Looking over a bunch of old photos recently I was struck by the following question: When did men stop wearing hats and women start wearing pants?

A while ago we enjoyed watching a series on the history of New York City that featured detailed photo essays of some of the construction projects. All the men (and you may be sure they were all men) are wearing hats on the job. Not backwards baseball hats but black homburgs or bowlers. There were even a few top hats for the dressier occasions. I recall hearing that John F. Kennedy balked at wearing a traditional top hat for his 1961 inauguration because he felt he just didn’t look good in hats. Although the story is untrue, the hat industry suffered a decline about that time and Kennedy was blamed. Another theory that supports the rise of hatlessness is that men returning from military service were sick and tired of being required to wear hats all the time as part of their uniform.

The women in the old photos are wearing hats or have their hair pinned up. They all have full-length skirts. In the warm weather straw hats were the fashion. And in all kinds of weather men in these photos are wearing white shirts and ties. Today you only see that kind of attire at a funeral and there will be T-shirts aplenty nevertheless. Likewise I’ve been to weddings featuring gum-snapping bridesmaids whose arms are adorned with tattoos, and ushers whose hats proclaim Red Sox fever; those hats are on backwards, of course.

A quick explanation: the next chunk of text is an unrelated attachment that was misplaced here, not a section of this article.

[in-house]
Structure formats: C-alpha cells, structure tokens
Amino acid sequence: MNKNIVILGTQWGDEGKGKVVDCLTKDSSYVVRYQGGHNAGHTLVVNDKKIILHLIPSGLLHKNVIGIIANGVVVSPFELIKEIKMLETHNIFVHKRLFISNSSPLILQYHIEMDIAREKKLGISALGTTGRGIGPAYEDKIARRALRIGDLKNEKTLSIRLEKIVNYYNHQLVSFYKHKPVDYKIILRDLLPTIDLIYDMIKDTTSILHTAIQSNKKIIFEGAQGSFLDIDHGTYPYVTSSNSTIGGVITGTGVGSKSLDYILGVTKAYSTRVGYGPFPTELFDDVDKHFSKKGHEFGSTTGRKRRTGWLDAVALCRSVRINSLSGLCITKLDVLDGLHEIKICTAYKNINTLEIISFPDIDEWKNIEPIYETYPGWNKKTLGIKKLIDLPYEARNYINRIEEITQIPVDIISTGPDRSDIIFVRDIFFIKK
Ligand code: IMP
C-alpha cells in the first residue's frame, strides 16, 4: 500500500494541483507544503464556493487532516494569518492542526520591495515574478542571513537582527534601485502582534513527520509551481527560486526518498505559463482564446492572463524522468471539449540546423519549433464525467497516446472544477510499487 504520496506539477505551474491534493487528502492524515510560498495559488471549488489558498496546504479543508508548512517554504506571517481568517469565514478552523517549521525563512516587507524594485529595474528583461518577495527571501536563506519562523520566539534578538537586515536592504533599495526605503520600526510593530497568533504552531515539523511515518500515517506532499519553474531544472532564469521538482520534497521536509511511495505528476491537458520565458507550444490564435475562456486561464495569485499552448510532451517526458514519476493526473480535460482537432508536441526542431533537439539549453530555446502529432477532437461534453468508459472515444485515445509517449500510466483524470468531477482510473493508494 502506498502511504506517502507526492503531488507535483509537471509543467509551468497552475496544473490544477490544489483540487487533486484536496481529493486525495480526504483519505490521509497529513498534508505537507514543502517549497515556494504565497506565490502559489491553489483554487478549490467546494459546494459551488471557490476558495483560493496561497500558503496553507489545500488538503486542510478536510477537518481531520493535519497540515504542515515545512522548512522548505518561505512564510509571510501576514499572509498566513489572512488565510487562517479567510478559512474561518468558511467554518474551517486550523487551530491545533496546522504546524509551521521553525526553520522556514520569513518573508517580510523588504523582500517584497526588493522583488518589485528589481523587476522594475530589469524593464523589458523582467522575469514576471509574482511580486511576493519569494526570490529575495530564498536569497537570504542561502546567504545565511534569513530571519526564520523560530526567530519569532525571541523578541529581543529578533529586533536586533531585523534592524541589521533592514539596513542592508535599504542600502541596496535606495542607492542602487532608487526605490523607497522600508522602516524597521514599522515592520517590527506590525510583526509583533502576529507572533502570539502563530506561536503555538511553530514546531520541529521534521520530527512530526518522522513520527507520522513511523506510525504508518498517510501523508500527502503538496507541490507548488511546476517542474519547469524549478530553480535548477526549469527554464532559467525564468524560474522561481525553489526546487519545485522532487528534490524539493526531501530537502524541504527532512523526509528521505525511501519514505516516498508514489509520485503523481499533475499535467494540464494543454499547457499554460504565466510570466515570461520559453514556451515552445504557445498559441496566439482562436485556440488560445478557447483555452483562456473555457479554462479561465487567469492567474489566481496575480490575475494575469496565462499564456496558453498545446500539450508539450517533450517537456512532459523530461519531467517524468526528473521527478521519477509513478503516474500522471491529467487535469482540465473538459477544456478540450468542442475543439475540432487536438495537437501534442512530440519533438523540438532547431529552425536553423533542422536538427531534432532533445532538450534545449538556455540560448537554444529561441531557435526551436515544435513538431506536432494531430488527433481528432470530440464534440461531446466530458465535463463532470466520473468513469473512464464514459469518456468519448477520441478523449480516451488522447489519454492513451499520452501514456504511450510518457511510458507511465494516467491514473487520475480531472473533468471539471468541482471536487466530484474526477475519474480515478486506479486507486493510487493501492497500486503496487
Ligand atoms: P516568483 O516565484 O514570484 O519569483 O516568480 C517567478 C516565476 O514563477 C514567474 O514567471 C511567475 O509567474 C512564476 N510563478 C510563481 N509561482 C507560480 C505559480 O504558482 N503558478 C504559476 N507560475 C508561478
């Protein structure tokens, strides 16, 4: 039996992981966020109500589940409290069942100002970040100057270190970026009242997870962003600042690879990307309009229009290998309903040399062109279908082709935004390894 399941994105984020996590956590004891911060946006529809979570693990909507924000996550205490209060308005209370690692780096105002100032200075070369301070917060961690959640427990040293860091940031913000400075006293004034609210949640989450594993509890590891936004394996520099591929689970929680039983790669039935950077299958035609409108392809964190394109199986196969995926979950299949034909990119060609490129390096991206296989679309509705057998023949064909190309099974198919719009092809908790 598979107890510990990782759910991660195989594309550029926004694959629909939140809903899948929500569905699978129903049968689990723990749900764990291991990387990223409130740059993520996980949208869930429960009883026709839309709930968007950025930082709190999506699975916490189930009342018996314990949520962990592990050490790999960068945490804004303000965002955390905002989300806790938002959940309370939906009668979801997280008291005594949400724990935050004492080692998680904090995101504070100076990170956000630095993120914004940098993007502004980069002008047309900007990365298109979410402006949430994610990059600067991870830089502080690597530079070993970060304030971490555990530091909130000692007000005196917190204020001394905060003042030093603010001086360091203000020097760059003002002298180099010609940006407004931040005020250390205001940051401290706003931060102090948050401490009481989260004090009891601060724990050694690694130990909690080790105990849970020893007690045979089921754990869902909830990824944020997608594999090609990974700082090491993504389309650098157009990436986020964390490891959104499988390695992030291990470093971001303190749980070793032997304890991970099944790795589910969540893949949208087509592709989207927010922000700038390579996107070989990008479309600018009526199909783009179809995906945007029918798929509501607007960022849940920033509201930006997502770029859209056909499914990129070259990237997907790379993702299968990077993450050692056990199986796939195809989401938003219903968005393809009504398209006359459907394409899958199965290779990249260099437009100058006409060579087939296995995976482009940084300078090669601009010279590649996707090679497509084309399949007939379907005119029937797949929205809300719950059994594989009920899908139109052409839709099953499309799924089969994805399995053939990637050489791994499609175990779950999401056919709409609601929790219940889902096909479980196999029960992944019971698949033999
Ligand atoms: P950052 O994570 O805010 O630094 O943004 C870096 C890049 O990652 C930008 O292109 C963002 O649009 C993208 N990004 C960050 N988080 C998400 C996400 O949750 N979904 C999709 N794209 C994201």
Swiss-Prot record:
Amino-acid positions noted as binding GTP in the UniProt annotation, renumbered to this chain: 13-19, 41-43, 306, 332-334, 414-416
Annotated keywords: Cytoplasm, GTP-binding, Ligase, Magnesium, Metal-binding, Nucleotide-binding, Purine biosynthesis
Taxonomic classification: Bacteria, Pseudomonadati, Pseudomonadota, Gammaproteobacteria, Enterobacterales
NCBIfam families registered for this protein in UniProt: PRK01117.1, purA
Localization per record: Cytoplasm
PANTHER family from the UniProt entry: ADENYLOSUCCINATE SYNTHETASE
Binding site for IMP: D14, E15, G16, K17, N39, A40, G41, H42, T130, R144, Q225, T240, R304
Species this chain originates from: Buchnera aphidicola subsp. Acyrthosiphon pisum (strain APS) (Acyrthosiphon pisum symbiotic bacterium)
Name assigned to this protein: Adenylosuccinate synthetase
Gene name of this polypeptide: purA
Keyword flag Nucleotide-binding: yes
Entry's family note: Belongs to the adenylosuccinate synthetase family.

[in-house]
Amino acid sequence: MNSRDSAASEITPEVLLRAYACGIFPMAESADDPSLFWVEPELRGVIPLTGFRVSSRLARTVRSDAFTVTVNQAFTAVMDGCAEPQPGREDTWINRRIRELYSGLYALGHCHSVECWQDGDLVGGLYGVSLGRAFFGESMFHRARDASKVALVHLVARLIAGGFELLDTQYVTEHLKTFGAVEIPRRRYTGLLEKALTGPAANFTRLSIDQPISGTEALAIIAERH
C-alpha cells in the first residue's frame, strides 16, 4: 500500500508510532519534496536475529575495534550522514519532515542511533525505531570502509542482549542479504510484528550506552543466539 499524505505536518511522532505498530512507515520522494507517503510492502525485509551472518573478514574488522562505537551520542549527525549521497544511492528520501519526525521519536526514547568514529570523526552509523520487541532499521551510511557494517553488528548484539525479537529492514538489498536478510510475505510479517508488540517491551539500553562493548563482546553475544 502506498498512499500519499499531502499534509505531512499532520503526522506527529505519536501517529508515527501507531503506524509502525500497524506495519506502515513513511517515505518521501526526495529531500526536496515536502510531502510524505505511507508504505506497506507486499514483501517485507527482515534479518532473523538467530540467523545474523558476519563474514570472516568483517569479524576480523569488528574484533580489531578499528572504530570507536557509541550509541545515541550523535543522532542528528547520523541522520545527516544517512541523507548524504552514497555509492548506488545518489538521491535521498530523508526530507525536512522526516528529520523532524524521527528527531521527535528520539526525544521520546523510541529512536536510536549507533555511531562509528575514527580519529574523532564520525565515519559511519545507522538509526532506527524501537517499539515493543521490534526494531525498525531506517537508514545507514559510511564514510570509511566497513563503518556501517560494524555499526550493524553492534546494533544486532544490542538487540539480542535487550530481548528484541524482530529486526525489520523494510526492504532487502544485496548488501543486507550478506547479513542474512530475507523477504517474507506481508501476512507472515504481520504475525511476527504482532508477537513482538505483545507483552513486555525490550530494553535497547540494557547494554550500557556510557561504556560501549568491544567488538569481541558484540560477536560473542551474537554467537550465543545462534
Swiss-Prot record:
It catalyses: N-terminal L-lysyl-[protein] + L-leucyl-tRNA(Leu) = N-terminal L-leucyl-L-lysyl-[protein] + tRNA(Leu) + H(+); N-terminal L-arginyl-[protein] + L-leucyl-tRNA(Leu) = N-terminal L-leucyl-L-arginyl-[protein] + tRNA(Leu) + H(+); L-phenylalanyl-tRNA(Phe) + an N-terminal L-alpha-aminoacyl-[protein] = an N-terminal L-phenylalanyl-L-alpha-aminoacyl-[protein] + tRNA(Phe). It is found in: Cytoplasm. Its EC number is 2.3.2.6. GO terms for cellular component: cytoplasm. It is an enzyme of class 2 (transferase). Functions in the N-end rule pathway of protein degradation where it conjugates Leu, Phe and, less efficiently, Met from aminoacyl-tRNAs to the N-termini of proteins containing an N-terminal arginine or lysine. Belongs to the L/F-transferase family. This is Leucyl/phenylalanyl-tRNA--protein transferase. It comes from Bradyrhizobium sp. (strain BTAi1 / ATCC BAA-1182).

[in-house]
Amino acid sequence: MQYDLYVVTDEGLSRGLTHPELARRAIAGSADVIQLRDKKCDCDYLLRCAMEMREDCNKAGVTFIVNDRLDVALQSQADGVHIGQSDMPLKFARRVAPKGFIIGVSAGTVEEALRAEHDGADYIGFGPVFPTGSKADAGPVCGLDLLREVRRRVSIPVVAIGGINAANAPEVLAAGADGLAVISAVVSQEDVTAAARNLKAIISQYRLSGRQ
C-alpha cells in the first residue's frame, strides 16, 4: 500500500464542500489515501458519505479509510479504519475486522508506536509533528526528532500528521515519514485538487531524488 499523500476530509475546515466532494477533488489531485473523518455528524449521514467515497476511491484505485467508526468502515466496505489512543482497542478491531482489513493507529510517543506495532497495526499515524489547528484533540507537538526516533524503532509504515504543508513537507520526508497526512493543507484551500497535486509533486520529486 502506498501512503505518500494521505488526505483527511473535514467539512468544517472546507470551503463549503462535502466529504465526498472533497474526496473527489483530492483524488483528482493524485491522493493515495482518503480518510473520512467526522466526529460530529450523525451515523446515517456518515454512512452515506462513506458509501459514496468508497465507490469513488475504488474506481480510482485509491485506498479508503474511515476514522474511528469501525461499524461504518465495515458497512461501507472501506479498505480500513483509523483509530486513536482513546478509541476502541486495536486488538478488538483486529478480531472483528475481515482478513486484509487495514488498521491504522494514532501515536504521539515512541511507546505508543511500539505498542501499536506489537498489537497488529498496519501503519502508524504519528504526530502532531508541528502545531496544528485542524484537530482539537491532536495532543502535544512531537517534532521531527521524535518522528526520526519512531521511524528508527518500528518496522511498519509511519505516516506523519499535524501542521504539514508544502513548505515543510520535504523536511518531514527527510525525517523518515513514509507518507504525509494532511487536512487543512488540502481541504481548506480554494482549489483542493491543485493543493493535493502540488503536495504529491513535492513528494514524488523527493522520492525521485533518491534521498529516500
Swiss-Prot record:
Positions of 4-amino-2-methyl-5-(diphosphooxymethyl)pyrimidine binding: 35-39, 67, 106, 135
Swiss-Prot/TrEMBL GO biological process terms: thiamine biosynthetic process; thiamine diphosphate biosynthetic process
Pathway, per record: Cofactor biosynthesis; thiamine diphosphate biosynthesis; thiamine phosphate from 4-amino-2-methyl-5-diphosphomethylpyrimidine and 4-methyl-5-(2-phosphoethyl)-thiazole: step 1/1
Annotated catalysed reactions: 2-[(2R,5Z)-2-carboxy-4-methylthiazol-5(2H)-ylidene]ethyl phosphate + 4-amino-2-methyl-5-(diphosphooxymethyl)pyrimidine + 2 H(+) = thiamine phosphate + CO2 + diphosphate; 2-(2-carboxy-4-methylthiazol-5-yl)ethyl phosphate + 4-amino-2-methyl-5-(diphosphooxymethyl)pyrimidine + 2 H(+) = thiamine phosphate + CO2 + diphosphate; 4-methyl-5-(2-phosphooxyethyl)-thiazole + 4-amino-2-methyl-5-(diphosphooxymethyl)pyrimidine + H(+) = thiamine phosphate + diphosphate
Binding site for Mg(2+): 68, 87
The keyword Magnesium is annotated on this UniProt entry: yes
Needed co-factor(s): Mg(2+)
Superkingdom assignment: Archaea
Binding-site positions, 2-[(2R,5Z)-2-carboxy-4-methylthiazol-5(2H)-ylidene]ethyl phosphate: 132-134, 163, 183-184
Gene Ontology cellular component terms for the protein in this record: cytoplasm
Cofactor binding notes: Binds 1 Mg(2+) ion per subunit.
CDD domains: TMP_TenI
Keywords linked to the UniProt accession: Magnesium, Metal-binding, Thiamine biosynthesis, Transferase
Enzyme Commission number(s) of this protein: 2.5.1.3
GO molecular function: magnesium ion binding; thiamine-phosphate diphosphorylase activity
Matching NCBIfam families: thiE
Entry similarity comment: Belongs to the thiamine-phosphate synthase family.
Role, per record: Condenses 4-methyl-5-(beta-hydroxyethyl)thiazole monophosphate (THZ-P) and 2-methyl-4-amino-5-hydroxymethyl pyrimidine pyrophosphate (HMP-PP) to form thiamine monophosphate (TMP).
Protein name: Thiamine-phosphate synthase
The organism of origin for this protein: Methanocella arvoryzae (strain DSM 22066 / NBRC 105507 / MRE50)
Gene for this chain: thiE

In pictures of school kids, the girls, some barefoot, are wearing dresses, a bit bedraggled and ill fitting, but dresses all the same. I can remember in winter it was a big deal to be allowed the wear snow pants under our skirts. The boys wore suspenders and leather shoes with their raggedy outfits.

In my church it used to be required that women’s heads be covered. It was a rule that was loosely enforced and somewhere in the late fifties sort of melted away, taking with it the custom of a new hat for Easter. I’ve seen women dashing into church making do with a piece of Kleenex on their heads. At the same time men were absolutely not allowed to wear hats in church.

A minister friend of mine told the story of a clergyman announcing from the pulpit that he would no longer tolerate “women coming to church with their pants on.”

When I boarded a plane for Germany in 1959, I was dressed for the 16-hour flight in a suit, a hat, white gloves and high heels. This outfit of torture was in play for the nearly two days it took me to get to my destination. A few years ago I made a similar journey, only this time dressed in sneakers and a sweat suit.

I asked an always impeccably dressed friend if she could remember the transition from skirts to trousers and she blamed Kathryn Hepburn who looked so gorgeous in anything that we thought that wearing slacks like she did would make us look like her.

The universal uniform these days, would have to be jeans, or dungarees as we used to call them.

And as for the next trend in evolving fashion…..keep your shirt on.